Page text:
Related to the improved hormone profile were enhanced posttest values of muscle measures with ZMA. There were relatively greater values with ZMA than placebo in lower extremity isokinetic torque and functional power (180 /s and 300 /s, except for torque at 300 /s) compared to baseline measures as demonstrated in Figure 2.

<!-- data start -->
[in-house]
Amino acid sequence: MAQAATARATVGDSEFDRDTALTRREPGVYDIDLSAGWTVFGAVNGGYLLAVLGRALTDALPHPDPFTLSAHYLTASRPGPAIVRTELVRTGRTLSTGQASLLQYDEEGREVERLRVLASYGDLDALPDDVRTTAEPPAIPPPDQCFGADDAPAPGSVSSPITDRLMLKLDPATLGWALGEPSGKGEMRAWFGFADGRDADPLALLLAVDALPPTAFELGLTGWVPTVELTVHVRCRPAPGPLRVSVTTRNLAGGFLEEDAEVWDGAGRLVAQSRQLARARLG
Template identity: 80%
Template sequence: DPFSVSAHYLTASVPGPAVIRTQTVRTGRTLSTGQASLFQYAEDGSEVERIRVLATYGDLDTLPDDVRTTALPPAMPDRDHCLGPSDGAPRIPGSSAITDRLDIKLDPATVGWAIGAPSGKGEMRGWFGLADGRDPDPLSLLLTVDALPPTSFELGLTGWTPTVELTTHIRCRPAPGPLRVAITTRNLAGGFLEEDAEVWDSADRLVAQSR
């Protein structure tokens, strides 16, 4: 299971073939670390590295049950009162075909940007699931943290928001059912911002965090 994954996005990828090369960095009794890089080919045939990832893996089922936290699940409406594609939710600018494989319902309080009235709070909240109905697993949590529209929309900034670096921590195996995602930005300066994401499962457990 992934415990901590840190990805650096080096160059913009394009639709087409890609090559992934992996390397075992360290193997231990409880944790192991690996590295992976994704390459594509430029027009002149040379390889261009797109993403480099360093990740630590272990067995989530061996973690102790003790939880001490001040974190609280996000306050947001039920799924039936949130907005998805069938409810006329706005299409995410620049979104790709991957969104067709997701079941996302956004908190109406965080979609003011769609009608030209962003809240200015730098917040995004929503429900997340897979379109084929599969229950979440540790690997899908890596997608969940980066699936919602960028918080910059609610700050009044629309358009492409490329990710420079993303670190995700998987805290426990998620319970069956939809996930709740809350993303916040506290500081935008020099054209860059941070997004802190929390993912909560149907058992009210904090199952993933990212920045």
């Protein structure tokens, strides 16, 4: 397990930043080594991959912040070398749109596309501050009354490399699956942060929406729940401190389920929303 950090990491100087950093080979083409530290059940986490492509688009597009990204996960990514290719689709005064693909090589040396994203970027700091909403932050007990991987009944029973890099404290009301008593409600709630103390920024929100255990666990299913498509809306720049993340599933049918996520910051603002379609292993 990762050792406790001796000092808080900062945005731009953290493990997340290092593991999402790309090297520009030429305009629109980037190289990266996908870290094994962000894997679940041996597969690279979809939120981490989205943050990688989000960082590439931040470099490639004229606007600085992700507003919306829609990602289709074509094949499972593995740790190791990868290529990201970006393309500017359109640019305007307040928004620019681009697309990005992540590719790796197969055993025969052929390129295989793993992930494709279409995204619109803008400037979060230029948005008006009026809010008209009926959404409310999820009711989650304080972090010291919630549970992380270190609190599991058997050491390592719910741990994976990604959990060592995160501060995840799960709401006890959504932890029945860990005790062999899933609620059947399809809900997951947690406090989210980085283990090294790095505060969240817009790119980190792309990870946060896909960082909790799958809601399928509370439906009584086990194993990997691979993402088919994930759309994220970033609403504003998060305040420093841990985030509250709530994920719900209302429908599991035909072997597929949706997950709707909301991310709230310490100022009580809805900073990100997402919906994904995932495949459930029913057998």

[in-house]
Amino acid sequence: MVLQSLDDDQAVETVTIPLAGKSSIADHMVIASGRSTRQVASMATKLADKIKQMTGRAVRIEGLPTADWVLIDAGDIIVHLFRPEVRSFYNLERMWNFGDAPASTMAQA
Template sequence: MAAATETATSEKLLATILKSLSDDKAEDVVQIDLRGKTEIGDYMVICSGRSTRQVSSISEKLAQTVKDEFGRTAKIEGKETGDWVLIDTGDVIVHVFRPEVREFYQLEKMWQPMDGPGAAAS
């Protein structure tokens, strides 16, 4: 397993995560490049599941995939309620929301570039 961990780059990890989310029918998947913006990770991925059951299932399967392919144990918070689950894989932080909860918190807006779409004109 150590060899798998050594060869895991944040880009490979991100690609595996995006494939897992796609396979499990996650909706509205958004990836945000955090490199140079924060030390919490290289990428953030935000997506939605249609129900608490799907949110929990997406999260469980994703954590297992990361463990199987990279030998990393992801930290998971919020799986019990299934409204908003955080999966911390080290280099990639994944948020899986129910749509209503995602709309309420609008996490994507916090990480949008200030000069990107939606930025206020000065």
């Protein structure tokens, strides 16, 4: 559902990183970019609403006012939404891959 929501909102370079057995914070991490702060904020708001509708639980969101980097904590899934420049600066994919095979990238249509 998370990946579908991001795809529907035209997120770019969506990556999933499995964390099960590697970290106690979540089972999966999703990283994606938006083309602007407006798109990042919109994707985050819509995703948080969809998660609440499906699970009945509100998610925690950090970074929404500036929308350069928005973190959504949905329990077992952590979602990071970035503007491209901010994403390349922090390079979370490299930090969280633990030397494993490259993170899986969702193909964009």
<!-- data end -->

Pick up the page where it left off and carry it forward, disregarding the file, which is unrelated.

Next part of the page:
There is extensive evidence that the anabolic hormones supported by the nutriture of the ZMA supplementation are involved in muscle anabolism and related force production changes (2, 10, 20, 21, 23, 24). Virtually every tissue type is capable of autocrine production of the IGFs. Elevated IGF-I may contribute to hypertrophy response, possibly via mobilization of satellite cells to provide increases in muscle DNA, maintaining some critical DNA-to-protein ratio (25). Increased IGF-I production coincides with increases in muscle DNA and precedes measurable increases in muscle protein. IGF-I may be acting to directly stimulate processes such as protein synthesis and satellite cell proliferation, which result in skeletal muscle hypertrophy. Purported ability of IGF-I to stimulate both anabolic and myogenic effects in vitro suggests it as a component of cellular-level signaling system in skeletal muscle. After acute exercise, IGF-I receptor mRNA was elevated. The main function of IGF-I is to regulate cellular growth and metabolism; IGF-I stimulates DNA synthesis, cell proliferation, and protein synthesis. The anabolic effects of testosterone are mediated primarily through protein synthesis and retarding muscle catabolism, as has been clearly defined over the years (26).